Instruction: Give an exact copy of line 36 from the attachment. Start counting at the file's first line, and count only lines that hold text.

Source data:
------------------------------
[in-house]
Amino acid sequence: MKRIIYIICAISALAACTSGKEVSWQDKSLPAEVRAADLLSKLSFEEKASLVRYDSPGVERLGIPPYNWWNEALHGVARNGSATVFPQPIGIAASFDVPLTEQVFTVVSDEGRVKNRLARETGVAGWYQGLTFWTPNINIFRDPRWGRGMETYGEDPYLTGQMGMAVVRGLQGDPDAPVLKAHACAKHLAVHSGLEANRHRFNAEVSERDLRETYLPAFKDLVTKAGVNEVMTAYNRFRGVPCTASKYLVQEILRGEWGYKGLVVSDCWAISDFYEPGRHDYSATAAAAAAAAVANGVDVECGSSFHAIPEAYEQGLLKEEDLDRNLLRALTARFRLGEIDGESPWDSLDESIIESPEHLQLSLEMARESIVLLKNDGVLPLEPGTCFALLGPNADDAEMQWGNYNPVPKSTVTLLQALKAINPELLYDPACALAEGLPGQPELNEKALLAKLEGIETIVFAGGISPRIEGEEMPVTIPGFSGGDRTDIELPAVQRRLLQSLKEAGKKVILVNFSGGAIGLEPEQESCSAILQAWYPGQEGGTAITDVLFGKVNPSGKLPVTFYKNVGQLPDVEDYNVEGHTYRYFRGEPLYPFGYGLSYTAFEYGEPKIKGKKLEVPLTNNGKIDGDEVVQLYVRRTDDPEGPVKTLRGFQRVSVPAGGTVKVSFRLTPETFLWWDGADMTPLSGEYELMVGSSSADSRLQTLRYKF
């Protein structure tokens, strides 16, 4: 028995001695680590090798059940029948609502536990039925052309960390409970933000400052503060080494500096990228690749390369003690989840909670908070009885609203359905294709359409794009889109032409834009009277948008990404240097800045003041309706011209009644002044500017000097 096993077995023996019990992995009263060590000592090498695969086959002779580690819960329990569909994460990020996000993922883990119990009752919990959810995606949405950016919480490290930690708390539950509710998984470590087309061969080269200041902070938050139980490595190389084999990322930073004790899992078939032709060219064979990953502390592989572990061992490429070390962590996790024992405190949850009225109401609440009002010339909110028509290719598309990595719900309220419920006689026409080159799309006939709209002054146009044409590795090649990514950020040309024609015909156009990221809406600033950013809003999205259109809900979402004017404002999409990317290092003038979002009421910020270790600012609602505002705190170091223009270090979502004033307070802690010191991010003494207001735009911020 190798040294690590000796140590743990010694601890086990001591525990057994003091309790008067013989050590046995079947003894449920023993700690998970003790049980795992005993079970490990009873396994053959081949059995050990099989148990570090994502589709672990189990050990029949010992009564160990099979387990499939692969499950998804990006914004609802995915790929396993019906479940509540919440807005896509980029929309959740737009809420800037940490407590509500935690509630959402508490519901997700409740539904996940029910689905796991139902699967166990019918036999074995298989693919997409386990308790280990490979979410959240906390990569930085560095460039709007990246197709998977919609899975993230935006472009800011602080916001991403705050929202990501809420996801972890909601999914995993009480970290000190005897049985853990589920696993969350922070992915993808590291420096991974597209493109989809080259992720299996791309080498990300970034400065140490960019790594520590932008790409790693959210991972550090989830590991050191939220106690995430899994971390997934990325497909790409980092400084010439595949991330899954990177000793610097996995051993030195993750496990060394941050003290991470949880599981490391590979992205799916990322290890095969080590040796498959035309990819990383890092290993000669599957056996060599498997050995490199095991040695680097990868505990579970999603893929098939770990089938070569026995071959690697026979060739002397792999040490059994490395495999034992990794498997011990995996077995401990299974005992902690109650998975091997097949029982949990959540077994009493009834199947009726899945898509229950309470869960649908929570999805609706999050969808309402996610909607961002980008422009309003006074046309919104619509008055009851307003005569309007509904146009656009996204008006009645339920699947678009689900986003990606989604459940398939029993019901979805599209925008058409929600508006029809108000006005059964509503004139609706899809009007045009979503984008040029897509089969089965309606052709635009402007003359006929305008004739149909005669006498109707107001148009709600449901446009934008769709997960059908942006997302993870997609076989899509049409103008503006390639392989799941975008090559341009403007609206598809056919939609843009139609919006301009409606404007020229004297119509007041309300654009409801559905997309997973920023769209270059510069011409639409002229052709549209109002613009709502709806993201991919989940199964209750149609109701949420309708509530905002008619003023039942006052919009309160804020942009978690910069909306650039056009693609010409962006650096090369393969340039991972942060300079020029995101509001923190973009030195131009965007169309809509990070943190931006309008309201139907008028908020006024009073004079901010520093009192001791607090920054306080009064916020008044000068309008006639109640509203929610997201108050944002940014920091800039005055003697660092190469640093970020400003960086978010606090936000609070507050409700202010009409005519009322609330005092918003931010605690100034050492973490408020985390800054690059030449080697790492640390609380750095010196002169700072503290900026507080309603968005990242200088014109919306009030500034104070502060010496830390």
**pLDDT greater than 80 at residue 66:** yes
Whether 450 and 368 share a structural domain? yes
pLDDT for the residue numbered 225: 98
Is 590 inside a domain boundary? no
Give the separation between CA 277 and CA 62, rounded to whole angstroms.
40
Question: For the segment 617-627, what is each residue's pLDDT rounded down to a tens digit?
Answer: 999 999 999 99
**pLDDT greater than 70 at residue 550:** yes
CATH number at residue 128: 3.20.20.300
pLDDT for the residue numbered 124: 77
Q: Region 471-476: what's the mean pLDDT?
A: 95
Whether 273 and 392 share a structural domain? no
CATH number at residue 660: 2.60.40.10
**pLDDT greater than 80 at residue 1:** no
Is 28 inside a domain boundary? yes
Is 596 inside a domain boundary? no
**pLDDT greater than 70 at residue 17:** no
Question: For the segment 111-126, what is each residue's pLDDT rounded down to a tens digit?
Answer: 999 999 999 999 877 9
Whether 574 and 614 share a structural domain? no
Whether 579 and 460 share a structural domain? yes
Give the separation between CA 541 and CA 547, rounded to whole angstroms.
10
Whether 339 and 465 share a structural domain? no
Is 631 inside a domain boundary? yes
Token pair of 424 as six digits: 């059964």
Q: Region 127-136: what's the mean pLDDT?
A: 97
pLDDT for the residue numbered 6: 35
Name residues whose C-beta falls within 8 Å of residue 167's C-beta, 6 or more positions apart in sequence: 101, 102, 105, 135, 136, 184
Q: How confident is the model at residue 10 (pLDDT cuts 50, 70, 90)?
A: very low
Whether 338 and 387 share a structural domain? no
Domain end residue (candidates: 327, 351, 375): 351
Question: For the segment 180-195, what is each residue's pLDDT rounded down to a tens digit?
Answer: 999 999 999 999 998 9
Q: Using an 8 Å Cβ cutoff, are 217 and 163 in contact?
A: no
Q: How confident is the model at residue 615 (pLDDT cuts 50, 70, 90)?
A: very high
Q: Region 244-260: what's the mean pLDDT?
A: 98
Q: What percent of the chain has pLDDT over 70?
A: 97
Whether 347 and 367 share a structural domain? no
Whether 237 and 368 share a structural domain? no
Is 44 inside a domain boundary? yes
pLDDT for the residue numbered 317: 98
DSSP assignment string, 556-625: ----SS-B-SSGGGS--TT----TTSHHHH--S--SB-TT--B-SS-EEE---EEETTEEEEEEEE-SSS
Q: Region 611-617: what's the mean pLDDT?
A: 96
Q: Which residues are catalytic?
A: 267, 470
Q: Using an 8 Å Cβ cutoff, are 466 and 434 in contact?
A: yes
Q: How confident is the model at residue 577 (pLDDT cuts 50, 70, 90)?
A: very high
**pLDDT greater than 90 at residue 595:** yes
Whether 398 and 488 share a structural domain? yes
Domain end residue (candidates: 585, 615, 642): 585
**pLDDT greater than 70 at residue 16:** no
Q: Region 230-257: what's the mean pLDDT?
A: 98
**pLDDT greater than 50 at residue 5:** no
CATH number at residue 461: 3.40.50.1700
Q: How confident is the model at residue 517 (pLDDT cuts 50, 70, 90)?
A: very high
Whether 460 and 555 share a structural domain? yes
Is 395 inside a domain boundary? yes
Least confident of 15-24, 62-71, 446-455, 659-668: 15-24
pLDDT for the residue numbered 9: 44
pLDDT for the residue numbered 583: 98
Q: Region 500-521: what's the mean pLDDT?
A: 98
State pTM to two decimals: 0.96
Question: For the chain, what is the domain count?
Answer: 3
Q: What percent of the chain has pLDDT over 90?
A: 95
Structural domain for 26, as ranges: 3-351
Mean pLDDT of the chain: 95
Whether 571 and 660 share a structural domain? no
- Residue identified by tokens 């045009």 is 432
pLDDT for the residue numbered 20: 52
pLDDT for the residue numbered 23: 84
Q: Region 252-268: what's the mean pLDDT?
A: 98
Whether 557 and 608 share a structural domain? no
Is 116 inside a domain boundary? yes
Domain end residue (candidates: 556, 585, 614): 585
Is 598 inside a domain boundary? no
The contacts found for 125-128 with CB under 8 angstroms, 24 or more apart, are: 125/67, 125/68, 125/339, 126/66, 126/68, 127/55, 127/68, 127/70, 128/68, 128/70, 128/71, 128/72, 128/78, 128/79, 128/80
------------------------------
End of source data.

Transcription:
Q: How confident is the model at residue 10 (pLDDT cuts 50, 70, 90)?